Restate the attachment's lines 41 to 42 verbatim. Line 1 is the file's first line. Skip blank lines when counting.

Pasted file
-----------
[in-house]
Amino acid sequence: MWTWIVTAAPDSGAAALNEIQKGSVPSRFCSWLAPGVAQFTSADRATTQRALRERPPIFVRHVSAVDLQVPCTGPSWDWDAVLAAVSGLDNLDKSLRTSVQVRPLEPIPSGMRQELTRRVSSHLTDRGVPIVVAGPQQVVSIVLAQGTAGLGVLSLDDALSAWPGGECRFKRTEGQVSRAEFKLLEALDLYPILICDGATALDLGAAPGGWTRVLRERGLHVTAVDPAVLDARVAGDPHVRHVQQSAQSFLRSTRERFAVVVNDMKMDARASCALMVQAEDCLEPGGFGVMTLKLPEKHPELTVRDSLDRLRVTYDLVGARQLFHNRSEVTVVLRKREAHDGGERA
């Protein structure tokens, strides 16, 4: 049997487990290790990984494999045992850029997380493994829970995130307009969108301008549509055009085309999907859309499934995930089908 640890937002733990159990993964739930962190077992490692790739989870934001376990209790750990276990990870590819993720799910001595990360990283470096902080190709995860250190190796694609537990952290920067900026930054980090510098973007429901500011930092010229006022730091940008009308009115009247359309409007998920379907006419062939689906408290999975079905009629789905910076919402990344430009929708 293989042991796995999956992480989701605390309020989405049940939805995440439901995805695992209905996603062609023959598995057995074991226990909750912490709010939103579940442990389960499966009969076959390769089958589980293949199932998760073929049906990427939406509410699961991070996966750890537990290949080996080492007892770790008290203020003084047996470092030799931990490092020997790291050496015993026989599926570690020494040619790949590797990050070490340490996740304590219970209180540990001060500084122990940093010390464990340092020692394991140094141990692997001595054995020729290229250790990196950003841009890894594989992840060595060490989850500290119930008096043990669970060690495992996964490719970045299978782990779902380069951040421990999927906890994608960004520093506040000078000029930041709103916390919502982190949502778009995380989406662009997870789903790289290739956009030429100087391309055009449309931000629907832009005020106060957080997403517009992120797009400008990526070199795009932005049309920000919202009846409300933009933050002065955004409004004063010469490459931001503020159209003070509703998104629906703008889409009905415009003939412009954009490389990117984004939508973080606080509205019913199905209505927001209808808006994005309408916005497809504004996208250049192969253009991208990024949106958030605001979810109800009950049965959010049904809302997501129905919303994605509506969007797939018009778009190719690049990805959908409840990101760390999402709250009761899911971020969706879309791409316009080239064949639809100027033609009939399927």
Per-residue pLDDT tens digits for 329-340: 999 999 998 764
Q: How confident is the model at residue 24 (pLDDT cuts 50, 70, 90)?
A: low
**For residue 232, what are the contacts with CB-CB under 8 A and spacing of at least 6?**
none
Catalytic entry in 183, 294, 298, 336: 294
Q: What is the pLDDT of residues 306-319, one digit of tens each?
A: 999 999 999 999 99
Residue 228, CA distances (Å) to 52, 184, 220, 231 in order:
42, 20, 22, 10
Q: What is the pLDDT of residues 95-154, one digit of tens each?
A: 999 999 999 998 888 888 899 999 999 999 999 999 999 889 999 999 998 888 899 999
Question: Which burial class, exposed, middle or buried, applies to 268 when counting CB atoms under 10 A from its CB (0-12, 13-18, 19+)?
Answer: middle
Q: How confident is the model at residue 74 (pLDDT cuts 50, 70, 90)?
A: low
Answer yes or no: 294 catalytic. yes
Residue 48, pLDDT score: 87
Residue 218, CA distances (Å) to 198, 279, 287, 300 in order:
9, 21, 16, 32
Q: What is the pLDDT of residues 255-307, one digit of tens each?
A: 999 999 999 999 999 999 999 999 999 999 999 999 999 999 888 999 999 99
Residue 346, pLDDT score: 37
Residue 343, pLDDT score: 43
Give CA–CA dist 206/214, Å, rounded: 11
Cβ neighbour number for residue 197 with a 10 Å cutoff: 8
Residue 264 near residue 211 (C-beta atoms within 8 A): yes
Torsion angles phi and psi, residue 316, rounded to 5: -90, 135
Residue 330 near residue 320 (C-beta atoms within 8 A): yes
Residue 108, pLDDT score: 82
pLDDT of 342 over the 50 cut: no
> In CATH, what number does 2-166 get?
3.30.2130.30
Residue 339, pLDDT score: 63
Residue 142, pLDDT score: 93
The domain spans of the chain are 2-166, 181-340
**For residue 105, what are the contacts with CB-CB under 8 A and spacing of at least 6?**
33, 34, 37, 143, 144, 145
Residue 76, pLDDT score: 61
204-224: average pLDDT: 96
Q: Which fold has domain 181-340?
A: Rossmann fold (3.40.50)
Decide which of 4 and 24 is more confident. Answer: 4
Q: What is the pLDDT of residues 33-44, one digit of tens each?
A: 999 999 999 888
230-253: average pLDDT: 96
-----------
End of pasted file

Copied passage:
33, 34, 37, 143, 144, 145
Residue 76, pLDDT score: 61